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Study: Avoiding an Abusive Boss Not the Best Strategy

Study: Avoiding an Abusive Boss Not the Best Strategy

No one like a bully, and employees stuck with an abusive boss may understandably do all they can to avoid contact with that boss. New research reveals, however, that dealing with an abusive boss through avoidance can be detrimental to an employee's well-being, while initiating direct communication with the boss is a more helpful strategy.

The study, conducted by professors at the University of Haifa's Social Welfare and Health Sciences, focused not on the behavior or impact of abusive bosses, but rather how employees cope with such treatment.

"Abusive supervision is highly distressing for employees. Our study shows that the strategies being used by employees to cope with the stress caused by such behavior do not lead to the most positive outcomes," said Dana Yagil, Ph.D., who headed the study.

Researchers studied 300 participating employees and examined the following five types of strategies they used for coping with the stress of abusive treatment:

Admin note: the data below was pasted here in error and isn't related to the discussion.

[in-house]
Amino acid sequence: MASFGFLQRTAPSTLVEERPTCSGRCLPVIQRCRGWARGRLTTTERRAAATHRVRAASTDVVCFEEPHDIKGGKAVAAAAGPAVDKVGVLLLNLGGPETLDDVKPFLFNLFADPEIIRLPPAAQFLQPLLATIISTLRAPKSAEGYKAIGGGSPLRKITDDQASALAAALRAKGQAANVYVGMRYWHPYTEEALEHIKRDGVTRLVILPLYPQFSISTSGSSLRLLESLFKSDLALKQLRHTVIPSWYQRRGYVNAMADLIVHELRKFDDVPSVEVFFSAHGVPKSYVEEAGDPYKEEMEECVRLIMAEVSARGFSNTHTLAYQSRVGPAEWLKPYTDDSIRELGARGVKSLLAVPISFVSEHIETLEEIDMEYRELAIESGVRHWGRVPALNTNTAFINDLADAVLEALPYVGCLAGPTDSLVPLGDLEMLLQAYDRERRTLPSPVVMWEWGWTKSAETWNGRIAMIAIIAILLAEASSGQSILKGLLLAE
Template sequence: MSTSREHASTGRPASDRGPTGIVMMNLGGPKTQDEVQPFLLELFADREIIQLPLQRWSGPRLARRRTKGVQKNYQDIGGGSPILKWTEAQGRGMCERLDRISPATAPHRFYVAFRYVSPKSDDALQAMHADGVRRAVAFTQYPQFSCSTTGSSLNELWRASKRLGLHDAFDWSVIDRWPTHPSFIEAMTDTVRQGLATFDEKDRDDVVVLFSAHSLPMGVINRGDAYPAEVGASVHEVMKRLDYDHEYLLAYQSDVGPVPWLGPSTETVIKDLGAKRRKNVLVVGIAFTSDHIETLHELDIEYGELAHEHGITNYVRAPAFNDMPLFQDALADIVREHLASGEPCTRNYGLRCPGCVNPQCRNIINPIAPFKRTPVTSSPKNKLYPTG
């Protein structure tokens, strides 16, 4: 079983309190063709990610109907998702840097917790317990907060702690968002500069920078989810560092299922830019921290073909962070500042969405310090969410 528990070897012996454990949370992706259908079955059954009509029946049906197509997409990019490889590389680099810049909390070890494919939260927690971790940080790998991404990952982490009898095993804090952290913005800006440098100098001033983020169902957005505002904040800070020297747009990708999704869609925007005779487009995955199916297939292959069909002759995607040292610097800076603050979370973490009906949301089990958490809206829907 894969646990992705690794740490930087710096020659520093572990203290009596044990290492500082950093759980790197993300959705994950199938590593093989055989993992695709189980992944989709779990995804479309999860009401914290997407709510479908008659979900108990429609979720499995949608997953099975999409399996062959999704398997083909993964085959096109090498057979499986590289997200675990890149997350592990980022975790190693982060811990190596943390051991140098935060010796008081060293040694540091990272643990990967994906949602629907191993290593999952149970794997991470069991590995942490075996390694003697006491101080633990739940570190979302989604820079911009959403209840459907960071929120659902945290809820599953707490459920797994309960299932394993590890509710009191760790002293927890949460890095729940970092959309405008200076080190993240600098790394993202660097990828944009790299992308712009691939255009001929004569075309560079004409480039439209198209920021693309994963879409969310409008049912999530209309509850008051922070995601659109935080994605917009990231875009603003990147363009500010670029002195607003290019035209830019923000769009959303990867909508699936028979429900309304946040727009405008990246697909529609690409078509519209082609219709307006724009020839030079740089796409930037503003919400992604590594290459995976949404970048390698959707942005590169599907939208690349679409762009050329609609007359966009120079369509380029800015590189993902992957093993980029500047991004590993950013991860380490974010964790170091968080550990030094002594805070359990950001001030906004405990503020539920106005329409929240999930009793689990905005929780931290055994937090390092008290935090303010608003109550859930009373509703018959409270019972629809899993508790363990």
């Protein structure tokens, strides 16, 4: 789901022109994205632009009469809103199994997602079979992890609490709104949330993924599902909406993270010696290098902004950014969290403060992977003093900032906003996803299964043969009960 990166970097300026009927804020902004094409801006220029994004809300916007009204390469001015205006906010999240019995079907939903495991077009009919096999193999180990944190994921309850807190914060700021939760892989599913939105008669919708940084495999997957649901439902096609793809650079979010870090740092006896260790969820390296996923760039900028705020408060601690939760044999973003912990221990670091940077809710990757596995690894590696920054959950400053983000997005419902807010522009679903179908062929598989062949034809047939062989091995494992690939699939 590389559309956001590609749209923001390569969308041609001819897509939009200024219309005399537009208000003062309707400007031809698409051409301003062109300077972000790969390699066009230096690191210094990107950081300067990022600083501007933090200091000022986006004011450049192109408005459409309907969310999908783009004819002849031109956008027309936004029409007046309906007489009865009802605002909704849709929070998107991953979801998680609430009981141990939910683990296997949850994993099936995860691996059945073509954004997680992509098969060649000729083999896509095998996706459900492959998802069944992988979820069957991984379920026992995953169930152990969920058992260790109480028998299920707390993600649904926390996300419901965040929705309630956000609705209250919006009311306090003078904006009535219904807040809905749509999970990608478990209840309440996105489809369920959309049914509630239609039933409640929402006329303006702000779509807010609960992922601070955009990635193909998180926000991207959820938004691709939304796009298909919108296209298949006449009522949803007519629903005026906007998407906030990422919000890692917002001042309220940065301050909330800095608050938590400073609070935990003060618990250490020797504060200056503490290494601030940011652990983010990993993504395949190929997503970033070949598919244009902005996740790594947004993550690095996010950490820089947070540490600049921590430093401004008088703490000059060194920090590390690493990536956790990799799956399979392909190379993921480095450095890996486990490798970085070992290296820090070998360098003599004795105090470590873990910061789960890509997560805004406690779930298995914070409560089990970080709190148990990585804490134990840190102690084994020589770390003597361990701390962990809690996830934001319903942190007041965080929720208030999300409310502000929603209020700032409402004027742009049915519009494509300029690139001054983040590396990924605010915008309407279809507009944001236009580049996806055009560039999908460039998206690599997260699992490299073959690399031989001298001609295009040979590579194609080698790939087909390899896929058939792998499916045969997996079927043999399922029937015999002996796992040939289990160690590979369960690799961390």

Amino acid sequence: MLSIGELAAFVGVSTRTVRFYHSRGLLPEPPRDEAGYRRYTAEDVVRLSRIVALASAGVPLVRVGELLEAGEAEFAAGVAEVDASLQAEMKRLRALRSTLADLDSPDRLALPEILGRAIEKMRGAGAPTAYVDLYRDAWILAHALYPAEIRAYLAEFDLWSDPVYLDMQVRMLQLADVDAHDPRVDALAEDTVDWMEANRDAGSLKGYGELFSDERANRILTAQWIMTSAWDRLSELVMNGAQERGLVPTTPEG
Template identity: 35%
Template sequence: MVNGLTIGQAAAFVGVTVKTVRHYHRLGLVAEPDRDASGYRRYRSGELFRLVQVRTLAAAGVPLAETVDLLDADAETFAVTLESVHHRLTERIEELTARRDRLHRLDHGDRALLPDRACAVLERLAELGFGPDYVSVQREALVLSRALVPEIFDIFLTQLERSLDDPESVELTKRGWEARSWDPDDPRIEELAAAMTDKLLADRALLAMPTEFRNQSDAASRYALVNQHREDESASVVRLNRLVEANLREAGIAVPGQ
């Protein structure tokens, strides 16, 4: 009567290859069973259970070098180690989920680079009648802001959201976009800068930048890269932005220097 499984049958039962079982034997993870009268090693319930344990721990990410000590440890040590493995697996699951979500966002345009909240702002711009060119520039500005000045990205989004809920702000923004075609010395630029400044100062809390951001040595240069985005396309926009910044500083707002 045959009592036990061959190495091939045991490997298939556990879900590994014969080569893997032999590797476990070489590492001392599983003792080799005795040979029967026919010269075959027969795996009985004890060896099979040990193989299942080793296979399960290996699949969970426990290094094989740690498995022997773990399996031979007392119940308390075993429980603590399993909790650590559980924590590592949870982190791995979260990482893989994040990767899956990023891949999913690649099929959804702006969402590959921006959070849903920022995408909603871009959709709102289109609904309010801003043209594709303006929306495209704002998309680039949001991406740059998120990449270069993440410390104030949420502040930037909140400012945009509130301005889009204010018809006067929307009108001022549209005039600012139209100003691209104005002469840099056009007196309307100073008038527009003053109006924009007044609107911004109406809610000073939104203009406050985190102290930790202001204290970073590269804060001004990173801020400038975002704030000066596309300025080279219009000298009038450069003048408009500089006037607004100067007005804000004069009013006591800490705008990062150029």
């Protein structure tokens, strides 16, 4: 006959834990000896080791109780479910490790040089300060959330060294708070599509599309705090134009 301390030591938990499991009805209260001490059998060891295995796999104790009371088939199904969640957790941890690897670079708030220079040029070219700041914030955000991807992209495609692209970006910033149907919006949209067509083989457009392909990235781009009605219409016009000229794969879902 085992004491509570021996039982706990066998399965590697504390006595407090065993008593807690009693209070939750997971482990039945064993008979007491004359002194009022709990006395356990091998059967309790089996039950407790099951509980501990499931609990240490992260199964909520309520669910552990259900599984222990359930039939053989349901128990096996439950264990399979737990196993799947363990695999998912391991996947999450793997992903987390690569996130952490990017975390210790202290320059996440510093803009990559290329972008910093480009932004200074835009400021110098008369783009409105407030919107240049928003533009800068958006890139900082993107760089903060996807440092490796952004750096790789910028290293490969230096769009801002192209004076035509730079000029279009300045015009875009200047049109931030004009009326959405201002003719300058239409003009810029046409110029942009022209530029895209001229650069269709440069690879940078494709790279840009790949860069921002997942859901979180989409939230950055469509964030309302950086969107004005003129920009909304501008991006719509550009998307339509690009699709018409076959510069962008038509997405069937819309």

1. Directly communicating with the abusive supervisor to discuss the problems;
2. Using forms of ingratiation – e.g., doing favors, using flattery and compliance;
3. Seeking support from others;
4. Avoiding contact with the supervisor; and
5. Reframing – i.e., mentally restructuring the abuse in a way that decreases its threat.

The study found that abusive treatment from a superior was most strongly associated with avoiding contact – disengaging from the supervisor as much as possible – and seeking social support. Employees were least likely to use the strategy of direct communication to deal with the abusive behavior.

The popular categories of avoidance and seeking support, however, resulted in the employees experiencing negative emotions. Actually communicating directly with the supervisor, the least-cited tactic, nonetheless was most strongly related to employees’ positive emotions.

"It is understandable that employees wish to reduce their contact with an abusive boss to a minimum," said Yagil. "However, this strategy further increases the employee's stress because it is associated with a sense of weakness and perpetuates their fear of the supervisor."

Researchers suggested that managers should be on the lookout for signs of employee detachment and explore the possibility that those employees might consider the manager's behavior abusive or offensive.

The study was published in the published in the American Psychological Association’s International Journal of Stress Management.

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